So, last night, Talent Night came along, and we performed our song by Sufjan Stevens. We had fun singing, and watching all the other acts as well! Though all the acts were musical, they were still really diverse. It was cool to see so many fearless performers up on stage. When it came to the end of the show, they were telling the winners, they announced third place, and the winners came up and were presented with... PIZZA! I looked at Hannah. Hannah looked at me. All of a sudden, we wanted to win! Up until that point, I didn't even know it was a competition. And then a competitive spirit rose up inside of me! And guess what -- we got second place! when they announced it, Hannah and I jumped up and RAN onstage, waiting to get off again with the pizza so we could whip it open. And we did. We had a piece then and there, then took  the rest back to her lounge and we got to share our victory with our pizza-loving friends.

Thursday, November 17, 2011

it's a moving picture, a picture that moves - Hannah from Gordon


My friend and fellow G-student, HB, has been recording moments I usually freeze with my lens.
I thought it'd be fun to show you some of my happenings "in motion"
...especially since I never posted any photos from my trips to Riga and Tallin.
Oh well...

Sunday, November 13, 2011

An Extra Hour - Diana from Cornerstone

Today I accidently went an hour early to church -- I guess my lessons in reading clocks in third grade did not really pay off. But it turned out to be a really good thing because I got to discover a nice place for walking. Close to where the church meets, I found a little valley of sorts with an offshoot of the river and an island in the middle. It was so beautiful to walk around the island and cross the pretty bridge that led to and from it. Also on my walk, I discovered a book sitting on the shore. It looked rather lonely and abandoned, so I picked it up. It is in the syrillic alphabet. I looked around, and it didn't look like anyone was in a rush to get back to their book they had left behind. So, moral or not, I took the book.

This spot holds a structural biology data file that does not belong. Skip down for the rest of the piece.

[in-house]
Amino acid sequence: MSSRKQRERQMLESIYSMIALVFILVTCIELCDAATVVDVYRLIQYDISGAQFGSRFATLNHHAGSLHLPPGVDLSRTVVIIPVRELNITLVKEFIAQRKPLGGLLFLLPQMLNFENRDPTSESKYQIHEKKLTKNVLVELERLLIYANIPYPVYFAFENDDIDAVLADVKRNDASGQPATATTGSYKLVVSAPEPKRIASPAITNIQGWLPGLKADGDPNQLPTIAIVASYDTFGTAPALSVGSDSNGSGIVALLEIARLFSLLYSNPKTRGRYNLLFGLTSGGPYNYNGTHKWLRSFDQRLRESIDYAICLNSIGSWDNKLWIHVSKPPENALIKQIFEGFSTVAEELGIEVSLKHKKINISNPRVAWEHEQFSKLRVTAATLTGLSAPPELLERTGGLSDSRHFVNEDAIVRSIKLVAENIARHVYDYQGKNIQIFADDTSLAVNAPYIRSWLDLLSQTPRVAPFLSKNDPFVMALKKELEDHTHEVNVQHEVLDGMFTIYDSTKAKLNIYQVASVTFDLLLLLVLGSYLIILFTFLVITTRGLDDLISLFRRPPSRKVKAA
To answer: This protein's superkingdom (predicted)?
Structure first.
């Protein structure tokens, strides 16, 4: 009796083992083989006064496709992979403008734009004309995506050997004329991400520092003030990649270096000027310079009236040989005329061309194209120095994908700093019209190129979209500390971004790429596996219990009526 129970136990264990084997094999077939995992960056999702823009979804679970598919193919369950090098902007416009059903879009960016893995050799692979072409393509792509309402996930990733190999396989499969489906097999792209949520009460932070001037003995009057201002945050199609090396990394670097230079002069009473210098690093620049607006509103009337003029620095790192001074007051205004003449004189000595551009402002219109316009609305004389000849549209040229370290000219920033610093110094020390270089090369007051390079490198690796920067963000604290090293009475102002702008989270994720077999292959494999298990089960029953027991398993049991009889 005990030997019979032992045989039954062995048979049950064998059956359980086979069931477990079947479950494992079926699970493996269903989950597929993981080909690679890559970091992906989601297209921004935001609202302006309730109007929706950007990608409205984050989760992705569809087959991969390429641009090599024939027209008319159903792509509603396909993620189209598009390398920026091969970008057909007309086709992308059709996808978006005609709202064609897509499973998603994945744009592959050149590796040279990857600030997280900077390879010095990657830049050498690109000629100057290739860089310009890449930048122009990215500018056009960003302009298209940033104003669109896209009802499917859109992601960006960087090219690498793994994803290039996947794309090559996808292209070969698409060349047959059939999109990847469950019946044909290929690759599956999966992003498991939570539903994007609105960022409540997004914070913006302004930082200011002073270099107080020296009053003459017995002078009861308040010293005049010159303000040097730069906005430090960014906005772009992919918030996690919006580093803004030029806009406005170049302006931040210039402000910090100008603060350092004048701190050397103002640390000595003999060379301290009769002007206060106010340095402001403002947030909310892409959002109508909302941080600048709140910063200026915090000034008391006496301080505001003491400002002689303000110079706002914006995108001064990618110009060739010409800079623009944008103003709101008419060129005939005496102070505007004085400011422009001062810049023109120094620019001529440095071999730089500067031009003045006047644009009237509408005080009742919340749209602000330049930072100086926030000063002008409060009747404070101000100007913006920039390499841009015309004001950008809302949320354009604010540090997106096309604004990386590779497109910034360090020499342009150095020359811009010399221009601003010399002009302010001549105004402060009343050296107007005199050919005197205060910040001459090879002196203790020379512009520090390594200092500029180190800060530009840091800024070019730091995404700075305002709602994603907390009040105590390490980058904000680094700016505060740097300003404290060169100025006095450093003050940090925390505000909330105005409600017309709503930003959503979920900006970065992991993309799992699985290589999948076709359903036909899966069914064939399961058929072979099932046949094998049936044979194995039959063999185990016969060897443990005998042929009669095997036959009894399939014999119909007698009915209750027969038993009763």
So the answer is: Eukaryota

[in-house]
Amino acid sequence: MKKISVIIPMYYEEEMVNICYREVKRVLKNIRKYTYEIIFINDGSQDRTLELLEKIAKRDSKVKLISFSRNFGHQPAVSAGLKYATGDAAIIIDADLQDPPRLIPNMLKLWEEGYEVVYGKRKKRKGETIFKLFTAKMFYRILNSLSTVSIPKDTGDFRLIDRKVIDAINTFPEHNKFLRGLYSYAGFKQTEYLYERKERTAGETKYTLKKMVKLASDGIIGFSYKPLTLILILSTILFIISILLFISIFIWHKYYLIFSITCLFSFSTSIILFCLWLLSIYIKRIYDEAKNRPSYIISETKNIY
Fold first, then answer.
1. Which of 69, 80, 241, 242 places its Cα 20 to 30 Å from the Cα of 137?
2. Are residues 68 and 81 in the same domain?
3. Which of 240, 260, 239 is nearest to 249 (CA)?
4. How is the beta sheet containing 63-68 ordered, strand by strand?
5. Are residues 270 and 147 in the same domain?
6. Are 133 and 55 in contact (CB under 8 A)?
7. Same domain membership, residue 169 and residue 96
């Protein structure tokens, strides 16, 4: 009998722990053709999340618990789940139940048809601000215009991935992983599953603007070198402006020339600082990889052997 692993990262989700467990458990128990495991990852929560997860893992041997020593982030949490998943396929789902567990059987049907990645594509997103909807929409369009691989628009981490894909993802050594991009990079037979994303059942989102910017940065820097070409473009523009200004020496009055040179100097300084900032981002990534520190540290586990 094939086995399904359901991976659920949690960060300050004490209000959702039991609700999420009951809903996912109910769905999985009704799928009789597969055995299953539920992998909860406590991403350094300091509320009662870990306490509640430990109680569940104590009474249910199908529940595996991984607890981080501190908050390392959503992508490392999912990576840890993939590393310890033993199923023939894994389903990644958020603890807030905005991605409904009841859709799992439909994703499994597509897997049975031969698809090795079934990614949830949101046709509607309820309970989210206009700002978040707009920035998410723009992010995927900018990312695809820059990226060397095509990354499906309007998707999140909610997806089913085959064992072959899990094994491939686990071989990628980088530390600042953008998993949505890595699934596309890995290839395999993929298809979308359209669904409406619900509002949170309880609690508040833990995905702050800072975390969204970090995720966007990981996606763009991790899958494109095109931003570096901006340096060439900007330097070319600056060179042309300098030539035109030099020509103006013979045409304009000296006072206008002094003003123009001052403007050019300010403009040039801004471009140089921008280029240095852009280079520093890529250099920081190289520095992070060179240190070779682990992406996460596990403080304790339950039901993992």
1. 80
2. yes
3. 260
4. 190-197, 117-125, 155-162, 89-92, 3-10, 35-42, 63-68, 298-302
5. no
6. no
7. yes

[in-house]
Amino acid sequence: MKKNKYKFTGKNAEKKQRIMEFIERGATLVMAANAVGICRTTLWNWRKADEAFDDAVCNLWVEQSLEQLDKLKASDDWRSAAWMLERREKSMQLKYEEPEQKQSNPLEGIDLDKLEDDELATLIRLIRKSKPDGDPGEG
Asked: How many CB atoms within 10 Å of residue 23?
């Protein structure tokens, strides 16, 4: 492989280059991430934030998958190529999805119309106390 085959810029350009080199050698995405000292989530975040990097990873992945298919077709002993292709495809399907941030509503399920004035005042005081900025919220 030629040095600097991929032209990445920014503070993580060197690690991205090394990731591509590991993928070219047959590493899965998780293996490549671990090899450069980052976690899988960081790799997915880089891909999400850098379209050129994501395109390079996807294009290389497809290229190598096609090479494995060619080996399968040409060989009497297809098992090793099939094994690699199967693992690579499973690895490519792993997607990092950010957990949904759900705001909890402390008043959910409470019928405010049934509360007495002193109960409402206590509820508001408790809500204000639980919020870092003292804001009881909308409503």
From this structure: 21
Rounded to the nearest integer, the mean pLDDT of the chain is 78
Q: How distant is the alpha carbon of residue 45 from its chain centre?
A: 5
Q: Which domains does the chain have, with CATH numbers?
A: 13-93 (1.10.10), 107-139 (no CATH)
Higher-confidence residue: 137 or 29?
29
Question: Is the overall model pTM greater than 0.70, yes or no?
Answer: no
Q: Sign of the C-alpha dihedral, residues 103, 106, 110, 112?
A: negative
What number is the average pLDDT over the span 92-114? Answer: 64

When I got back home after church, my roommate from Ukraine, who is fluent in Russian, told me it was a book that was praising people who defended the USSR. She translated a bit for me, and it was very red. I decided that even if I ever become fluent in Russian, it didn't sound like the kind of thing I would really enjoy reading. So instead, I tried to think of what I could do with it. I decided to make it into my scrapbook of my trip. So now I am starting to go through all the brochures and ticket stubs from all the places I've been since I've been here -- Tallinn, Riga, Stockholm, Klaipeda, Vilnius, Moscow, St. Petersburg... So many beautiful places! It is fun to go back and remember my adventures and realize I still have time to create more!